HSE & Sustainability

Guidelines for Community Input in Unconventional Development

The effectiveness of delivering information about a new energy project to community stakeholders varies based on the method used; how a message is framed can affect individual opinions.


A lack of community input can have a destructive impact on new unconventional energy projects, particularly in environmentally sensitive areas. However, a recent study conducted by Texas A&M University and the Houston Advanced Research Center (HARC) showed that, while negative community opinion can be difficult for owners and operators to overcome, engaging in a dialogue with communities pre-development could have significant economic, social, and environmental benefits and should be a factor in any evaluation of a new project.

Speaking on the second day of the Unconventional Resources Technology Conference (URTeC), Clark Adams, a professor emeritus in the Wildlife and Fisheries Sciences department at Texas A&M, outlined some of the steps companies could take to address community anxieties over new energy development. These steps were explained in a paper (URTeC 2664652) written by Marian Higgins, David Burnett, Urs Kreuter, and Richard Haut.

The paper focused on a study conducted on residents of Matagorda County in southeast Texas using questionnaires, focus group discussions, and personal interviews to gauge their opinions on a hypothetical low-temperature geothermal energy (LGTE) project. The study aimed to determine whether the manner in which new information is presented could affect its acceptance, and whether the use of various framing techniques as a means for transferring knowledge could induce people to be more willing to listen to information, rather than dismissing that information out of hand.

Matagorda County was chosen as the area of study for a number of reasons. Higgins et al. wrote that its location on the US Gulf of Mexico, encompassing rivers, bays, wildlife refuges, and a barrier island, made it an environmentally sensitive area. The county also has what the paper terms an “atypical” history of energy production. In addition to having decades of experience with oil and gas operations, it is one of two counties in the state of Texas with an operating nuclear power plant.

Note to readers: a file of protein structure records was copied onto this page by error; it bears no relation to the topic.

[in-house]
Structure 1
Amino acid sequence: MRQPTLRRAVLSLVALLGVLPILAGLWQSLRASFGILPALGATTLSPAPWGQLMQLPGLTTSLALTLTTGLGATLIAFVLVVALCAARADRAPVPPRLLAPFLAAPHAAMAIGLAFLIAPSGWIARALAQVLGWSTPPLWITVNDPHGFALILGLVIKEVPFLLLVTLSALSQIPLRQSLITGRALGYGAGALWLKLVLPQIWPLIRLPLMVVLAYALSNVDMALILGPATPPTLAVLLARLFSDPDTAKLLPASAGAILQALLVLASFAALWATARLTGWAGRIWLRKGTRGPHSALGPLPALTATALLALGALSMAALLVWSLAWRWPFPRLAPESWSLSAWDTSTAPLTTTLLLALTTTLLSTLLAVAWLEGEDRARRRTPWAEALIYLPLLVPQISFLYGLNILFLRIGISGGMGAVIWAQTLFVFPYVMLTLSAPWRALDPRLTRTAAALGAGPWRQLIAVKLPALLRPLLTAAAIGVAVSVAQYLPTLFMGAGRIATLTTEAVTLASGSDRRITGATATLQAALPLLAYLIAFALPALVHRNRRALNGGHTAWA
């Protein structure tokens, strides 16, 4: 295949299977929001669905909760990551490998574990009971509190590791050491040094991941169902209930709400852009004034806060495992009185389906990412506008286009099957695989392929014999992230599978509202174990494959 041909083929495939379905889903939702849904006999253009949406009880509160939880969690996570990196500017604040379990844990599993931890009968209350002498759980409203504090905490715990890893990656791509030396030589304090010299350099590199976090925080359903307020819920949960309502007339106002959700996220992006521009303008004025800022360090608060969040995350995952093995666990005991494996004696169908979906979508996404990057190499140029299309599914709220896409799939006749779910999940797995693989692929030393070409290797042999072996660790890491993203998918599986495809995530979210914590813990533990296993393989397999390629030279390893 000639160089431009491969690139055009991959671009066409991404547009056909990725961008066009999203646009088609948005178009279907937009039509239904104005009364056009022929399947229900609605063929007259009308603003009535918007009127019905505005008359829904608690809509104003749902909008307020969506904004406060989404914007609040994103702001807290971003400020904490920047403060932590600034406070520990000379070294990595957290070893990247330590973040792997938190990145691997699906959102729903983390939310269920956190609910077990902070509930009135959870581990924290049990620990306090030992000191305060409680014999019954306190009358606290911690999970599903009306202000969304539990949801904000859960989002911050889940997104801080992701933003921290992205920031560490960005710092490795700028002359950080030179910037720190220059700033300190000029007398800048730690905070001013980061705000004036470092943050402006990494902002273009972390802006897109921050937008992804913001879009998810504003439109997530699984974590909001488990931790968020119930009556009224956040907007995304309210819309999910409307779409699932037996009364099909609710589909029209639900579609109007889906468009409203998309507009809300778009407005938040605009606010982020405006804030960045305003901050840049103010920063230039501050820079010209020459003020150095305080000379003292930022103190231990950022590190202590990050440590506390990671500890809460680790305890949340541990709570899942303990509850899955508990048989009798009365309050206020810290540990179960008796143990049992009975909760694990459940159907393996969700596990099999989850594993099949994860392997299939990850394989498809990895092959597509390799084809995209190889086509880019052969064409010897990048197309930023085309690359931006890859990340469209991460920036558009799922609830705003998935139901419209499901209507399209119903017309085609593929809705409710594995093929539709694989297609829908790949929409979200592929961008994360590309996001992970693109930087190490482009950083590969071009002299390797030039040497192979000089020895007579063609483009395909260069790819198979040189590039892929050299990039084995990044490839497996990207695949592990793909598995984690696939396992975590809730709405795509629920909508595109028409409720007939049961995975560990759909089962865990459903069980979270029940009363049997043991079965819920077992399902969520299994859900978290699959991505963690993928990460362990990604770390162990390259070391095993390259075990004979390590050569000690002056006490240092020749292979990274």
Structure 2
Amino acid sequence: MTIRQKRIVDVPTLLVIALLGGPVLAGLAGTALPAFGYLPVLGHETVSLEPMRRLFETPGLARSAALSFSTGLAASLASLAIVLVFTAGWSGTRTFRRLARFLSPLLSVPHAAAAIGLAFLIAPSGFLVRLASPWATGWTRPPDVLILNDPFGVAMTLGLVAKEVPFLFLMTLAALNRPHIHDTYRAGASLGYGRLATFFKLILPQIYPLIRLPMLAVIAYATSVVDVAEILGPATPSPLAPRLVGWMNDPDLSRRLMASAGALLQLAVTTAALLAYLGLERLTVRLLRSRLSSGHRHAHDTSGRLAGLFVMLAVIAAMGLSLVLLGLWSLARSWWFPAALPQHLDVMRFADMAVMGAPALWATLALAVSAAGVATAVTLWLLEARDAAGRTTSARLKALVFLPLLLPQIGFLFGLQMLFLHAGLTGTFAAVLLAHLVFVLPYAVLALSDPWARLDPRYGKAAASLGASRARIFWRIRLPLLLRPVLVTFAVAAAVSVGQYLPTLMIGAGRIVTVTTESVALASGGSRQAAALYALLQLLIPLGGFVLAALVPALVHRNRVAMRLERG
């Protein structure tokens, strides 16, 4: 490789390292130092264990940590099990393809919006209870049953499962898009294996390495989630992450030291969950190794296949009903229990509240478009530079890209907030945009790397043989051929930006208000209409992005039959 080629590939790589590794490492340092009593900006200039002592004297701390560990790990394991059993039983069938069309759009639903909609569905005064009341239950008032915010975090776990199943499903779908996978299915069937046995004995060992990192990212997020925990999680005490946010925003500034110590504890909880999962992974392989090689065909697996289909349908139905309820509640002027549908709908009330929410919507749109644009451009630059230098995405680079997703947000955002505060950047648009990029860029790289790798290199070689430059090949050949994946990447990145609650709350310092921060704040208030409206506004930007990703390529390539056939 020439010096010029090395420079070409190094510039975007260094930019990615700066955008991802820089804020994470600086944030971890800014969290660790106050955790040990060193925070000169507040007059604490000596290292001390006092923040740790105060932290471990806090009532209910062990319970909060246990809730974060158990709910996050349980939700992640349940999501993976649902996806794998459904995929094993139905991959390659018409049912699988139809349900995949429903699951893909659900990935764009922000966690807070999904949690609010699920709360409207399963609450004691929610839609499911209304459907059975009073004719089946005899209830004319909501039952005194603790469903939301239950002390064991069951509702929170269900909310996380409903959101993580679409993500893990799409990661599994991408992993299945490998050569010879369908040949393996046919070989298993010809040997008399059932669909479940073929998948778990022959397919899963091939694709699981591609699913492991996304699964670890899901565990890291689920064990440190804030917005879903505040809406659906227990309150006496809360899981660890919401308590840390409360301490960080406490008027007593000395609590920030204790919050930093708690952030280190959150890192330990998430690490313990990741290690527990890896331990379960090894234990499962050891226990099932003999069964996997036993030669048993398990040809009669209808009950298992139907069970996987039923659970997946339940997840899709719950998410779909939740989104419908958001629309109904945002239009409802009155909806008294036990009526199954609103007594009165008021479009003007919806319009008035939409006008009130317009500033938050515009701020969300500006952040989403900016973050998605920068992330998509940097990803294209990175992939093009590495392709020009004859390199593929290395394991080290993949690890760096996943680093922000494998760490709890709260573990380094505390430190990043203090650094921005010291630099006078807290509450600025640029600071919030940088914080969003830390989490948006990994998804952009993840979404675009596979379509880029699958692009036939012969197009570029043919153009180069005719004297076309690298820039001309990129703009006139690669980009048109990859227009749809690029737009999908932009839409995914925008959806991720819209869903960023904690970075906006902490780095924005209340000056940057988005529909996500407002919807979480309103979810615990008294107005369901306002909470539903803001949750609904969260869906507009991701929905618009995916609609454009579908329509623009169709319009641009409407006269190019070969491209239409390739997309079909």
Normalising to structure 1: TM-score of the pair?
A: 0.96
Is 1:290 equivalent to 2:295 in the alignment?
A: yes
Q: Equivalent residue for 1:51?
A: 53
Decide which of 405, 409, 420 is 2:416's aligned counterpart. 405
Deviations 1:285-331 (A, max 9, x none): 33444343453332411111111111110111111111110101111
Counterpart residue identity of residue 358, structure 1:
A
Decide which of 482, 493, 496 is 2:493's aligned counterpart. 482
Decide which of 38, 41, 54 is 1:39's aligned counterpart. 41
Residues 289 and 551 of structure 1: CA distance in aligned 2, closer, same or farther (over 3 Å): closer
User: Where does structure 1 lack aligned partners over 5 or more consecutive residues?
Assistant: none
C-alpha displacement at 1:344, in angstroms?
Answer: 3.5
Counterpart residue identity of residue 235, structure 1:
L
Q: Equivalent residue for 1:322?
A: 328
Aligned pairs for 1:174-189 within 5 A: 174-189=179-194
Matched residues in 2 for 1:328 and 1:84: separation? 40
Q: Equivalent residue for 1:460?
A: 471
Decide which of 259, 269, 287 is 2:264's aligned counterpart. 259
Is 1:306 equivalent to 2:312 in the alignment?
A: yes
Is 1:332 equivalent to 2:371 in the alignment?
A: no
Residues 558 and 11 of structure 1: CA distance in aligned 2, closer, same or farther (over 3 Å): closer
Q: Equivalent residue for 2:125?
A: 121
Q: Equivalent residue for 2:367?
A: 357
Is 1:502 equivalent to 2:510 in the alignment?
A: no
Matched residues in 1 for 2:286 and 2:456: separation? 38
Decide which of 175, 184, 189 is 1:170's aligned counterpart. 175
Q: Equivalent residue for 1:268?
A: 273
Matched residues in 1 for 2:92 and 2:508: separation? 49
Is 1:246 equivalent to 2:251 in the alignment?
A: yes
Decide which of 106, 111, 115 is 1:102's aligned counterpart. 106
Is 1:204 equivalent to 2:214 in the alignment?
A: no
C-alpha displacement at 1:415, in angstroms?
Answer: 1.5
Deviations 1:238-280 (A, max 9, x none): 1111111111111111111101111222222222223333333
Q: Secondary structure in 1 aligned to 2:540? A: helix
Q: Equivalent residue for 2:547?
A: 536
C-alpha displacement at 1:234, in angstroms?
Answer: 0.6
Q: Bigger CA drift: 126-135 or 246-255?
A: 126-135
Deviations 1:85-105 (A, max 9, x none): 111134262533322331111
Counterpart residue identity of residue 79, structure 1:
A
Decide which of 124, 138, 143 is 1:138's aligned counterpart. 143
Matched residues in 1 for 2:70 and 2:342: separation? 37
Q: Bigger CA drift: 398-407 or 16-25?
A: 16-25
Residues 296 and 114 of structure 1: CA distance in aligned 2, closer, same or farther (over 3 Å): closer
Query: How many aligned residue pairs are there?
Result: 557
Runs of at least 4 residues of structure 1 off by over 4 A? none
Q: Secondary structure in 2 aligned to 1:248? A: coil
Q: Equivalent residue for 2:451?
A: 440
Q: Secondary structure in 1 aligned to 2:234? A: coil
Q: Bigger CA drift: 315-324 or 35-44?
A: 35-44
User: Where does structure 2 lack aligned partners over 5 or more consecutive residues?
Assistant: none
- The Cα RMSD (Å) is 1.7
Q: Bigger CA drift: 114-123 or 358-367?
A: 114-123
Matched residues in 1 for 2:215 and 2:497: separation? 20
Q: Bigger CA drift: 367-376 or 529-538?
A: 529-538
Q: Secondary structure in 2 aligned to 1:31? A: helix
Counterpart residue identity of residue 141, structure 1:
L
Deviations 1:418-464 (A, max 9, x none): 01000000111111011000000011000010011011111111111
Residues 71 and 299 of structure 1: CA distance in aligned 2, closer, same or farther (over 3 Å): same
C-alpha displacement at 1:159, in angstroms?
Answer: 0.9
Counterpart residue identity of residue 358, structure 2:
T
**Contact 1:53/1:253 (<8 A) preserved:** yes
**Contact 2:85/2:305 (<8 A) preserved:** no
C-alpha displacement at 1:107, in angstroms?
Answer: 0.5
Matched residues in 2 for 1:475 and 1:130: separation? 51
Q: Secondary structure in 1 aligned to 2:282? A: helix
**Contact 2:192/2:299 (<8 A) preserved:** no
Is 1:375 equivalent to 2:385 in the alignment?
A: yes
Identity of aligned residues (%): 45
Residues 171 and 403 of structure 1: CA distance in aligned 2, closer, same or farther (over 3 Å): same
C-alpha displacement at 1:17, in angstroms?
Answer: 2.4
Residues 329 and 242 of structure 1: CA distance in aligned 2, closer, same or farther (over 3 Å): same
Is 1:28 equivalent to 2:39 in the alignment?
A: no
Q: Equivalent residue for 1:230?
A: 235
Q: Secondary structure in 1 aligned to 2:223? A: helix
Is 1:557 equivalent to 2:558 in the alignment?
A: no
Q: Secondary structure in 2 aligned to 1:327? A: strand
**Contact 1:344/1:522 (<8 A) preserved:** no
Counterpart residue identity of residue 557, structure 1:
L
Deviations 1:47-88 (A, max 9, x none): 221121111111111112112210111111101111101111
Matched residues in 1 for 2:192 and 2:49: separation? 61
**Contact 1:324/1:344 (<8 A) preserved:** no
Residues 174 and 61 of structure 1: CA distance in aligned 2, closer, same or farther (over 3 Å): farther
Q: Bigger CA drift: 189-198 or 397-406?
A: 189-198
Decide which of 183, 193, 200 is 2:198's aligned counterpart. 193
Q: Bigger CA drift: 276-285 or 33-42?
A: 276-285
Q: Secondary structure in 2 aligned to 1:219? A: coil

The research group began its study by conducting an LGTE literature review, after which it held several meetings with key technological collaborators to analyze current applications of LGTE technology and possible avenues of new technology development. Using that information, the research group held three focus group meetings with residents of Matagorda County to gauge their opinions on a new project in the area. The results of those meetings led to the development of a mail survey questionnaire that asked participants to respond to, among other things, a set of four statements on six types of energy: oil and gas, nuclear, coal, wind, solar, and geothermal.

The questionnaires were sent to 800 randomly selected addresses, but because of a high proportion of bad addresses and a low response rate, an additional 500 questionnaires had to be mailed out. The research team received 274 useable completed questionnaires out of the 1,300 total that it sent. 

Higgins et al. wrote that the confidence level of the final survey results was around 95%. However, Adams said the low response rate with mailings illustrate the difficulties in conducting adequate market research.

“A lot of folks think, well, all we need to do is gin up 10 questions, maybe hand them out at Walmart, and give them a chance to say yes, no, thank you, whatever, and then we’re done. I was a field biologist, and I never ran into a more difficult field of research than sociological research as it related to various management issues,” Adams said.

The survey results showed that the community appreciated receiving factual knowledge about events or developments that would affect their lives, but only if it was available in an open and unbiased manner. From this, Higgins et al. developed a five-step guideline for companies to help deliver that information:

  • On any proposed project or development, identify sources of local knowledge as soon as possible.

  • Convene small groups for listening sessions in which a company describes its concept for a project that would benefit from stakeholder input. It is important to be cognizant of any community issue that could be framed explicitly.

  • Create a written document describing the project that includes guidance from community input. This document should be public, but the researchers recommended that it not be an official pronouncement of a development.

  • Create an “open door” information office in which factual information about the development be made available.

  • Give a project’s personnel the right to talk about their knowledge of the project and have them provide the names of other knowledgeable managers who are experienced in dealing with the public.

Adams said companies looking to gain community support should view the process of increasing public knowledge not as a technological challenge, but as a social challenge.
“For all types of energy, there is a high degree of self-reported knowledge as a significant predictor of energy acceptance. If you know something about a topic, you’re probably going to respond a bit differently. Gaining more knowledge and being familiar with an energy source may lead to a higher degree of acceptance of that energy,” Adams said.